The thing with veganism is that it’s not just about not eating eggs and cheese. And there are a lot of vegans who think that telling other people where they are right and wrong is a part of the lifestyle change. There are also a lot of carnivores and omnivores who delight in arguing back. At least one friend rolled their eyes when I said I was thinking about becoming veagn; I agreed with a few friends that I will only become vegan if I am a “quiet” one and don’t start posting photos of avocados on my Instagram every five minutes and telling everyone else what they can and can’t do.
There are so many labels and rules around these days. Carnivore; omnivore; vegetarian; vegan; flexitarian; fruitarian; there is even such a thing as a breatharian. Also I get the feeling there are a lot more vegans, and veganism is becoming a lot more mainstream. I live in a fairly small, local-y city and most cafes and restaurants here now have at least one vegan dish on the menu. There’s even a vegan street food place that opens on the weekends under a railway bridge.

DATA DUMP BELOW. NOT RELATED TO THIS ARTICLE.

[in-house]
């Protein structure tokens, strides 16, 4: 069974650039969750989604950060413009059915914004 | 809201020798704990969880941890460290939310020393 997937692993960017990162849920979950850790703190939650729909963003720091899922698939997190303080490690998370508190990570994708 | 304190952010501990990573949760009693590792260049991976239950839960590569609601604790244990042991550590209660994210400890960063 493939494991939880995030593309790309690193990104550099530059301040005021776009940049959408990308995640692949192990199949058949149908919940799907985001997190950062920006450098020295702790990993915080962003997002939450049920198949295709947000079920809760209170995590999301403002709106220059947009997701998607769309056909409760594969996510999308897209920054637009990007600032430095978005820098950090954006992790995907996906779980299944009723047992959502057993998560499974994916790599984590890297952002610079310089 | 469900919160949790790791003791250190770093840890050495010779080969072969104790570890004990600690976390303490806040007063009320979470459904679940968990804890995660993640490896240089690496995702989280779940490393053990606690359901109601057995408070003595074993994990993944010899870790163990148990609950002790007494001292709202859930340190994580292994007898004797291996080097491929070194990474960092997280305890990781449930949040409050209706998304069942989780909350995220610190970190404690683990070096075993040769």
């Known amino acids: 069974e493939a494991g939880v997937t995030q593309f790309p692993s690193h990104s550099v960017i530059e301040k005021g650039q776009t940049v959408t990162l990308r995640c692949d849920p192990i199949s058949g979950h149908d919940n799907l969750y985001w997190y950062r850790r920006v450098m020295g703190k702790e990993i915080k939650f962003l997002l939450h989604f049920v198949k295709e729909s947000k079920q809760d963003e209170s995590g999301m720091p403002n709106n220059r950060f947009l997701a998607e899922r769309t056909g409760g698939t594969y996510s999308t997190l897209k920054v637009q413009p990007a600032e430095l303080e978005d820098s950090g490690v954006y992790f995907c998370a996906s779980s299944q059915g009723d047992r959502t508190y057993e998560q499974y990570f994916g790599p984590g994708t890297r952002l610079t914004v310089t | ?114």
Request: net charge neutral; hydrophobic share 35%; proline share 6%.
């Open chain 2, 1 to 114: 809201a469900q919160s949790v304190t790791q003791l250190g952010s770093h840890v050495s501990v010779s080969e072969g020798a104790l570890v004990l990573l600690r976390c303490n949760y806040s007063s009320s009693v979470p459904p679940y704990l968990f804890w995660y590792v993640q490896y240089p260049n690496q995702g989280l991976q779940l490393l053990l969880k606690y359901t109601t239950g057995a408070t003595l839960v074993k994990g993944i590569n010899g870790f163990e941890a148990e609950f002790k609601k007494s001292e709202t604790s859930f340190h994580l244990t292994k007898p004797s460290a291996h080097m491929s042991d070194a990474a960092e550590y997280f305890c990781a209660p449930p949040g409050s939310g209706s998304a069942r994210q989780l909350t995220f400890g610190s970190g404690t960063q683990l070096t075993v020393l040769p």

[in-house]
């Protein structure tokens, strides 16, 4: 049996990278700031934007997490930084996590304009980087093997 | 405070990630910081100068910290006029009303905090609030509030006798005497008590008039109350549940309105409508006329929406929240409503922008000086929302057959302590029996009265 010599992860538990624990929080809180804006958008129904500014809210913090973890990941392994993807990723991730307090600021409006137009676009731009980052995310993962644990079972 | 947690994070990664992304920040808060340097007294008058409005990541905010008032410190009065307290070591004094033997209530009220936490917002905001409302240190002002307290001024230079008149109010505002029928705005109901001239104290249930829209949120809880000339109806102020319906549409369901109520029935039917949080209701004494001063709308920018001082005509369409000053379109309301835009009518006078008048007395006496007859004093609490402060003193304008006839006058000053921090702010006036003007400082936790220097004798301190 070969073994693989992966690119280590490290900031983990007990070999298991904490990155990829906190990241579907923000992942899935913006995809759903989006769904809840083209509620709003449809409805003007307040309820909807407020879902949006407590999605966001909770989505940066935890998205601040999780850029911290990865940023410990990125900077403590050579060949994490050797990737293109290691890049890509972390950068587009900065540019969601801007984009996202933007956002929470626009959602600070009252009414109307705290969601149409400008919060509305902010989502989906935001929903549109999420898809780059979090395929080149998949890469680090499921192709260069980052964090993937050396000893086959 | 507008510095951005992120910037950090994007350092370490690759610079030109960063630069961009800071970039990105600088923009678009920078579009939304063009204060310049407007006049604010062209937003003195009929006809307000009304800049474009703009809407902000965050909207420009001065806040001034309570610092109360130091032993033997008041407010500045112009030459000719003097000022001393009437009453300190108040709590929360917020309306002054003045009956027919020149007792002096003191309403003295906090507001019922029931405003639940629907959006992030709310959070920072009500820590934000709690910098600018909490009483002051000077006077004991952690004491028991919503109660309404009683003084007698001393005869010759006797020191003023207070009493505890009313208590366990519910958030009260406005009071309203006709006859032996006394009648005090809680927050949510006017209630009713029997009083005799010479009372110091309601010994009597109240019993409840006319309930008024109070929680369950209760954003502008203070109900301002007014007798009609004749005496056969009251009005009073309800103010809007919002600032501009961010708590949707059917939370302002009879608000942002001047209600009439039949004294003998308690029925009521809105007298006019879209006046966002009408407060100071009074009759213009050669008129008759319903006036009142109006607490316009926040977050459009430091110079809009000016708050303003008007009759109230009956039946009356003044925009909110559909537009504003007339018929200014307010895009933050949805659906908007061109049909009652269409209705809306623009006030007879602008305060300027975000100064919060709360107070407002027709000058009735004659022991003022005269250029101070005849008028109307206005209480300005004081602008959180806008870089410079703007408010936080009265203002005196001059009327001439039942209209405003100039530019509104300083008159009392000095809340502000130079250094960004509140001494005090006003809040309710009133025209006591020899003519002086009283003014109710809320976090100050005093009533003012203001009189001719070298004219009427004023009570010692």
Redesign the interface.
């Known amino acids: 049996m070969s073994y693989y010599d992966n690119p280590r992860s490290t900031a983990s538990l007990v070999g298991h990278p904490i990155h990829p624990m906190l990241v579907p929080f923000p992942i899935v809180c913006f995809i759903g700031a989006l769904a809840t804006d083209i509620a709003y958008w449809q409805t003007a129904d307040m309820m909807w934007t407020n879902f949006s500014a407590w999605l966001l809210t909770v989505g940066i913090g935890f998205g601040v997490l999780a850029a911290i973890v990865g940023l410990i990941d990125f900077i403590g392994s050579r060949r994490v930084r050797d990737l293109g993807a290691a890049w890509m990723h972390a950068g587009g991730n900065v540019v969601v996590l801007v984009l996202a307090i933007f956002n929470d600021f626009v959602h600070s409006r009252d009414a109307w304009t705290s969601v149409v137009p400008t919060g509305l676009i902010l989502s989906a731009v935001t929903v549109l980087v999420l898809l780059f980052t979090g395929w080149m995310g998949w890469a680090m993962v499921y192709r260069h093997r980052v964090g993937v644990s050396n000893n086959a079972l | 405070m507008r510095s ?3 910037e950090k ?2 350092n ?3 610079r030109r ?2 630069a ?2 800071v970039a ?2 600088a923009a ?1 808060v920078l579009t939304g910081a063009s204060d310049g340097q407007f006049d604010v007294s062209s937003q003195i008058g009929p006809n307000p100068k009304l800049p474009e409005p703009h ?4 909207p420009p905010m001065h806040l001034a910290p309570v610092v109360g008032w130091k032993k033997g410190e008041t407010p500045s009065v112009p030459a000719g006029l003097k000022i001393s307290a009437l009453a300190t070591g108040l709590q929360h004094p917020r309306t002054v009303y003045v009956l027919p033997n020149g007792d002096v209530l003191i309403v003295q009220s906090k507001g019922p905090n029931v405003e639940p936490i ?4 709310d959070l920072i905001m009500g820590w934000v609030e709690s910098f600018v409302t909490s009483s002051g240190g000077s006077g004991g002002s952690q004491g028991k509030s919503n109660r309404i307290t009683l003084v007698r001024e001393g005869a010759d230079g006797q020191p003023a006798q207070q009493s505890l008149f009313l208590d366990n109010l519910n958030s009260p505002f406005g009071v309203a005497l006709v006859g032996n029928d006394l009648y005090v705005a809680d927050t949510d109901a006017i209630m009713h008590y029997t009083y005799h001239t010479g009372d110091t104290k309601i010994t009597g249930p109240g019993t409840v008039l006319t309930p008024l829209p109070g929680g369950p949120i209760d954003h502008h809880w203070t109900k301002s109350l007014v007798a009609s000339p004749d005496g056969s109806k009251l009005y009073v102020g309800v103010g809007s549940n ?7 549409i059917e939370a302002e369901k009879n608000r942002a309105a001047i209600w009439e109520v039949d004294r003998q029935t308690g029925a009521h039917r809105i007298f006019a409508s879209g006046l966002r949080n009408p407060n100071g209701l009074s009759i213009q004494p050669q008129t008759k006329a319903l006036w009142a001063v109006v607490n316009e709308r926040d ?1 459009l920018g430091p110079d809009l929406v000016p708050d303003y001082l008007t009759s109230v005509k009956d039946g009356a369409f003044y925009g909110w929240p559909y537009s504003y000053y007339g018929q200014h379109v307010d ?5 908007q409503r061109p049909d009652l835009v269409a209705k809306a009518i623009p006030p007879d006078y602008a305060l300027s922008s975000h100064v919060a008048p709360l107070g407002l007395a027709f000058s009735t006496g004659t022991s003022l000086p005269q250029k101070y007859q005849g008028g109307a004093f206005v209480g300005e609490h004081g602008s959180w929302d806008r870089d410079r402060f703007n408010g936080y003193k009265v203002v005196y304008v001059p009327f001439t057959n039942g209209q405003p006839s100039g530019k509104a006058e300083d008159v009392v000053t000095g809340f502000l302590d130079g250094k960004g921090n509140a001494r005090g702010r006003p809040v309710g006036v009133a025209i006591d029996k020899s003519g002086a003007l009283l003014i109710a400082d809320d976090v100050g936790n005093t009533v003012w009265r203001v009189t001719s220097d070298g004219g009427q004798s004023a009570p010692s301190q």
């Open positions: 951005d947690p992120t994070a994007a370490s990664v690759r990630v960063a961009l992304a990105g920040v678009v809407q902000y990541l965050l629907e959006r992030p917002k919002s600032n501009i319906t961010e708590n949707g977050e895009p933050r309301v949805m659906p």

That said, the label “vegan” also apparently comes with a lot of rules – it’s not only about what you eat, but what shoes and clothes you wear and a whole raft of other things. And everyone, vegan or not, is just waiting for the chance to jump on something you’ve done wrong.
I’m really not up for being judged, so rather than become vegan, I’ve opted to say I’m switching to a “plant based diet.” This sounds a bit more flexible, with fewer rules. And more chance of being able to live with the odd slip up. Lots of people have commented on social media posts to tell me about great alternatives to meat and cheese but really I’ve never understood the concept of “facon” or “tofurkey” – I’ve always figured if you like the idea of bacon then just eat bacon. And for me, heading towards more plant based food is as more to do with health and how I feel, not about depriving myself or saving the animals (though clearly that’s an added bonus) – so I want to eat more vegetables without needing pretend chicken nuggets. Also, it’s entirely possible to be a vegan and live off junk food. Oreos, for example, are vegan. That’s not what I’m aiming for here.